It wasn’t all that long ago that Facebook apps were thought of as another infinite repository of low value advertising inventory that would slowly erode to no one’s great concern. Now, 18 months later, just about every major media company is sniffing around the Facebook gaming leaderboards, evaluating how to get into the virtual goods-based games-as-a-service business.
For media companies interested in getting into the game, it’s not a matter of if, but rather a question of how. As execs and corp dev departments are working to fit together build vs. buy strategies, they’re also trying to figure out how to align all of the parts of the organization to move towards a structure necessary to run a social gaming operation.
Over the course of the last year, it’s become clear that many traditional media companies have gained increased regard for the role of social gaming in their future online monetization plans. Many of these companies have struggled to build significant revenue streams on the web, but now see virtual goods-based social games as one of their most promising opportunities.
As social gaming becomes increasingly mass-market in the US and throughout the west, the thesis basically goes that new IP can only take you so far; existing IP will become increasingly important in separating from the pack of developers vying for consumer attention. As a result, rights holders now want to find the top independent developers to pair with their IP portfolio.
For Facebook social gaming shops, that means good things.
“You would be surprised at the seniority of those with whom we have had regular conversations,” one social gaming executive said recently.
Indeed, we’ve been hearing continued rumors in recent months, the latest of which is News Corp’s interest in Playdom, one of the largest developers on the MySpace developer platform and an increasing presence on the Facebook Platform. Given Zynga’s size and Playfish’s recent acquisition by Electronic Arts, Playdom and fellow developer CrowdStar are two of the more likely acquisition candidates over the coming year. And Fox’s involvement would certainly make the dynamics between it and Facebook even more interesting.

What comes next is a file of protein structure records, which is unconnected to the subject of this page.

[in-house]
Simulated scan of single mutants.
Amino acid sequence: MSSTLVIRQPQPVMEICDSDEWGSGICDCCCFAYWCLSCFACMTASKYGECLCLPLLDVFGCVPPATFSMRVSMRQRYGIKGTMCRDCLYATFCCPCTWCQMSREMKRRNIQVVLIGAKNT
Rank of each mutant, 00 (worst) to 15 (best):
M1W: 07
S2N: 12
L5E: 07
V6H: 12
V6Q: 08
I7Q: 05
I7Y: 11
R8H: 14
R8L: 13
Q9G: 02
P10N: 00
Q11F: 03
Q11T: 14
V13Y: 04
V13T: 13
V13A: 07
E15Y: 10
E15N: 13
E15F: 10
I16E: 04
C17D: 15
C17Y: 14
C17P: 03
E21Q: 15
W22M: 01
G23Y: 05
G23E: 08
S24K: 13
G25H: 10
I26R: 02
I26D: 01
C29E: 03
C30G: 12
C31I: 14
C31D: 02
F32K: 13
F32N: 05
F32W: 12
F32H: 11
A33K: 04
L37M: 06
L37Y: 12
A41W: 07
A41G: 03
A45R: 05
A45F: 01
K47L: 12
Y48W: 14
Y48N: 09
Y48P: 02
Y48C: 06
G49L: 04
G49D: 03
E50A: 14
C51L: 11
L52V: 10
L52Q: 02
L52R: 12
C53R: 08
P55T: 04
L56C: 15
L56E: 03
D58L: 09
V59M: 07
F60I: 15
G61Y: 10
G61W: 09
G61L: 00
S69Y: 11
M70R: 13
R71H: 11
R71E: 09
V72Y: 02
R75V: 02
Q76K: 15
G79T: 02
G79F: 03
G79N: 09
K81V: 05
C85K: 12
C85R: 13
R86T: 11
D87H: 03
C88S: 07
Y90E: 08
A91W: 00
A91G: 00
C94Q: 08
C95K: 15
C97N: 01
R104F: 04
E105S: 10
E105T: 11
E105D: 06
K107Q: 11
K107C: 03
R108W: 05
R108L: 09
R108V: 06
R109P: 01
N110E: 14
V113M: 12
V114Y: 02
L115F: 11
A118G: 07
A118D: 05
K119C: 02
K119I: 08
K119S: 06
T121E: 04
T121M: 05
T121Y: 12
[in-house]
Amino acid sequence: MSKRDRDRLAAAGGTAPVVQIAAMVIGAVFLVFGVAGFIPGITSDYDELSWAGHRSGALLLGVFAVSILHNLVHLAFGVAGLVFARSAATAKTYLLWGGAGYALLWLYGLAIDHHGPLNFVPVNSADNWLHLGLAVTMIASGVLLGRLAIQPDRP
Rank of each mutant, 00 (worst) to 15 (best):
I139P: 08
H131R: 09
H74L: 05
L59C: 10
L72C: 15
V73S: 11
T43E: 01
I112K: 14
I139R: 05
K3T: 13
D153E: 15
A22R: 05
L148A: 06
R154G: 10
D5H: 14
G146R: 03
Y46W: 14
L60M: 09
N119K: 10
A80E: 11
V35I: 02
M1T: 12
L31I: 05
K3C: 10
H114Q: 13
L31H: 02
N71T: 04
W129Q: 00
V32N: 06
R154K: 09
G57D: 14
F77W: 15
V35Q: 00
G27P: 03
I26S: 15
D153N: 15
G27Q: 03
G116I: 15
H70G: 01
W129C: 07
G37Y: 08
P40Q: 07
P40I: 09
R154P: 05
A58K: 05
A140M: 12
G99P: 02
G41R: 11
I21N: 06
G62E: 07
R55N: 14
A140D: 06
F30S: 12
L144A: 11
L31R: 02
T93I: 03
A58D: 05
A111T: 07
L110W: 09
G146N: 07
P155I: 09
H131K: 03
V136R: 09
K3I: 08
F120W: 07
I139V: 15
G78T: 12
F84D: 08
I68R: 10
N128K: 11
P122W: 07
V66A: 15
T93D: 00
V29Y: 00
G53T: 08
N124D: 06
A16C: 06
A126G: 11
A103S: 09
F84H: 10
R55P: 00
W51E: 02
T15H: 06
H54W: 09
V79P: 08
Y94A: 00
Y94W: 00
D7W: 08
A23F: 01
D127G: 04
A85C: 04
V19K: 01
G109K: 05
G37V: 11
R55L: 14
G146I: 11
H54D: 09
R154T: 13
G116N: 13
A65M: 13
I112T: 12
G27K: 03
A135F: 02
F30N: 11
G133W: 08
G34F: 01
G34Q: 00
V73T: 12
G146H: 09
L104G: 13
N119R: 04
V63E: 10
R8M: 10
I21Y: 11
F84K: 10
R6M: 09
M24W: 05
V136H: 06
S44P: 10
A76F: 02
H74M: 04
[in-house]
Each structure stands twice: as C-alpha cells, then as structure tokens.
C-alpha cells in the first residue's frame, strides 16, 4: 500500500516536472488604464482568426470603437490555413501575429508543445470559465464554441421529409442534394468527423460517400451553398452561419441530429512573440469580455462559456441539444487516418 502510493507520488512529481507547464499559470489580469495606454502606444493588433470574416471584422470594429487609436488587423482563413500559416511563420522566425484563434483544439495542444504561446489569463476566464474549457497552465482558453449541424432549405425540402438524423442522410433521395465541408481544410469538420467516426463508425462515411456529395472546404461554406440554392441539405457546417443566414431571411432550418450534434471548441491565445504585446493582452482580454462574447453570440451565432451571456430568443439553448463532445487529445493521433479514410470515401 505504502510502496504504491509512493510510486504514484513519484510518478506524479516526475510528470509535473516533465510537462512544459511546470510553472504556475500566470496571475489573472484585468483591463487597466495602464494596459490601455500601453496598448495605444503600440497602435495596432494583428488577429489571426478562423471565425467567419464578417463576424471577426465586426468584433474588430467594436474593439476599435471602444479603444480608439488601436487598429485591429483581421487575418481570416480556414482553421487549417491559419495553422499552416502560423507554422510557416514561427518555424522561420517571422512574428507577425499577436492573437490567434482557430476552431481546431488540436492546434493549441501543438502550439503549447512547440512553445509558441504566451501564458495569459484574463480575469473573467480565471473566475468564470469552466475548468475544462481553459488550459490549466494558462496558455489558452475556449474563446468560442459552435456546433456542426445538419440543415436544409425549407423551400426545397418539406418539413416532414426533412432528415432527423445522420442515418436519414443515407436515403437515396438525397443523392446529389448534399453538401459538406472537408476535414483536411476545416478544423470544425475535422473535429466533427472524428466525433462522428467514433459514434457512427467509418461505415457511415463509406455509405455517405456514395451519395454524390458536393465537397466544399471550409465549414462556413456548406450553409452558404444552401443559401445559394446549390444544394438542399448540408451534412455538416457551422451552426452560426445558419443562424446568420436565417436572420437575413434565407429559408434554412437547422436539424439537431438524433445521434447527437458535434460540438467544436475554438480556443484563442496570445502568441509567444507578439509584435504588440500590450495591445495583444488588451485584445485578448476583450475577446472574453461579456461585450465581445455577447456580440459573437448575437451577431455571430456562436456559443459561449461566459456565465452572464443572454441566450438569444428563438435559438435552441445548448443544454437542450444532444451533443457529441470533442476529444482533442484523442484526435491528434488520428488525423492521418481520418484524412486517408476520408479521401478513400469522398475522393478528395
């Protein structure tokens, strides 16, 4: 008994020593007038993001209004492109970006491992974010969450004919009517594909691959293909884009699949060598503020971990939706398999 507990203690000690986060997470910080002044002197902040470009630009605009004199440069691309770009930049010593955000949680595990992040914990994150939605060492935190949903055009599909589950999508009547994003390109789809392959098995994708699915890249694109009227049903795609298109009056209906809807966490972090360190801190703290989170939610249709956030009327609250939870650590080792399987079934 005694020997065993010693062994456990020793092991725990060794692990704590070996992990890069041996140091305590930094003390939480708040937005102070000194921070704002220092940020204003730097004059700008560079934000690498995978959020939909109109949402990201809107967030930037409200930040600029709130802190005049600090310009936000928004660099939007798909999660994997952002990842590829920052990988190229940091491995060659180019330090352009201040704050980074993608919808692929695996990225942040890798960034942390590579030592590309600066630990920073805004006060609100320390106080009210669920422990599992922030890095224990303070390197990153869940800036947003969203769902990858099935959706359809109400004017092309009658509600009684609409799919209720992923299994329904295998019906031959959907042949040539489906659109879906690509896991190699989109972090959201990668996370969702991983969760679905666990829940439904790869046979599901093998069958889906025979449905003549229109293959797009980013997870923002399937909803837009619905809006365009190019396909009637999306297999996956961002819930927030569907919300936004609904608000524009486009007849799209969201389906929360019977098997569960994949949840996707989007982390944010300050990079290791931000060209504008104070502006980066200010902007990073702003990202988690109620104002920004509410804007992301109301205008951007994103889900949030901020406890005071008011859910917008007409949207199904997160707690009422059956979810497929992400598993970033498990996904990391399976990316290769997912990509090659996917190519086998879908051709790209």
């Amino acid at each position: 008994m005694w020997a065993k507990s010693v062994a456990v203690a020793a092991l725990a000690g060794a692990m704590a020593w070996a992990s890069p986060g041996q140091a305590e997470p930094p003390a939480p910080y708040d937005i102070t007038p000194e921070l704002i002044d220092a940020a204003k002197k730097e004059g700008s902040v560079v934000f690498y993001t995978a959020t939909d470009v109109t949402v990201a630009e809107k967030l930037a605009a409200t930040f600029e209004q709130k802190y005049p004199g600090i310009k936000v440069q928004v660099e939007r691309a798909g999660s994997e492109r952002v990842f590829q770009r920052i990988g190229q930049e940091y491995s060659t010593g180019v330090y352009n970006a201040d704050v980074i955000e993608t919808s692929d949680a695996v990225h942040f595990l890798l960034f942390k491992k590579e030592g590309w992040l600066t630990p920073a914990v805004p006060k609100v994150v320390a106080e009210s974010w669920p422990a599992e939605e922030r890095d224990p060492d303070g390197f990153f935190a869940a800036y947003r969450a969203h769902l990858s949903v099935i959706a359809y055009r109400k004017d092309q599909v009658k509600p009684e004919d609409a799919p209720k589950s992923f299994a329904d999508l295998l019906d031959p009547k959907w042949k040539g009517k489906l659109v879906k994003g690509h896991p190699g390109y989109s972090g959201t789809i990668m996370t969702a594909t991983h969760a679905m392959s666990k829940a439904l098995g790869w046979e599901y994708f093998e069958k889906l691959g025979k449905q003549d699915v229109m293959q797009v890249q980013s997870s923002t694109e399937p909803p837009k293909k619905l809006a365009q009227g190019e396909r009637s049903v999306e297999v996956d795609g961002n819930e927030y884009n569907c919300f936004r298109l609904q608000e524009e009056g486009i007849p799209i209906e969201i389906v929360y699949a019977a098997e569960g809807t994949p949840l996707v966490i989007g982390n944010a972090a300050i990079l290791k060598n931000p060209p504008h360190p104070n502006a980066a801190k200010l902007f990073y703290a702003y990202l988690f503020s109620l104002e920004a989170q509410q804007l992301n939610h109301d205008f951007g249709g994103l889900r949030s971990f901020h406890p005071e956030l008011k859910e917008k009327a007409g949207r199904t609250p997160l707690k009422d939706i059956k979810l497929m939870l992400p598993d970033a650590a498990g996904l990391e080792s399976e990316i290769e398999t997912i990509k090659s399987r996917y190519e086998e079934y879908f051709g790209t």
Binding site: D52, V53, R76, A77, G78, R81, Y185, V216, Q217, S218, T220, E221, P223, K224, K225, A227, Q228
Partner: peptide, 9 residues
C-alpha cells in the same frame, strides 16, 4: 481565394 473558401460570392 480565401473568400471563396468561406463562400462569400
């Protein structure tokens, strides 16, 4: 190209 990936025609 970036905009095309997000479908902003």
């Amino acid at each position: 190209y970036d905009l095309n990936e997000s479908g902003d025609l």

Before Playfish was acquired by Electronic Arts last November, we heard that it had had discussions with multiple large media companies as well before the deal with EA was consummated. However, don’t be surprised to see more small shops being snapped up too, as several smaller developers are showing encouraging vital signs and may be more affordable options or better strategic fits than the bigger guys.
All in all, we expect to see more activity in the space over the coming year from the media companies. However, along with interest in social game developers from Chinese gaming giants, some are concerned that price expectations could be getting too high, slowing down potential deals.
We’ll be going in depth on the future of IP in social apps and games at our upcoming Inside Social Apps 2010, our first conference on the future of monetization on social platforms, on April 20th in San Francisco. We hope to see you there.
For Inside Network’s in-depth research on the social gaming market, check out Inside Virtual Goods: The Future of Social Gaming 2010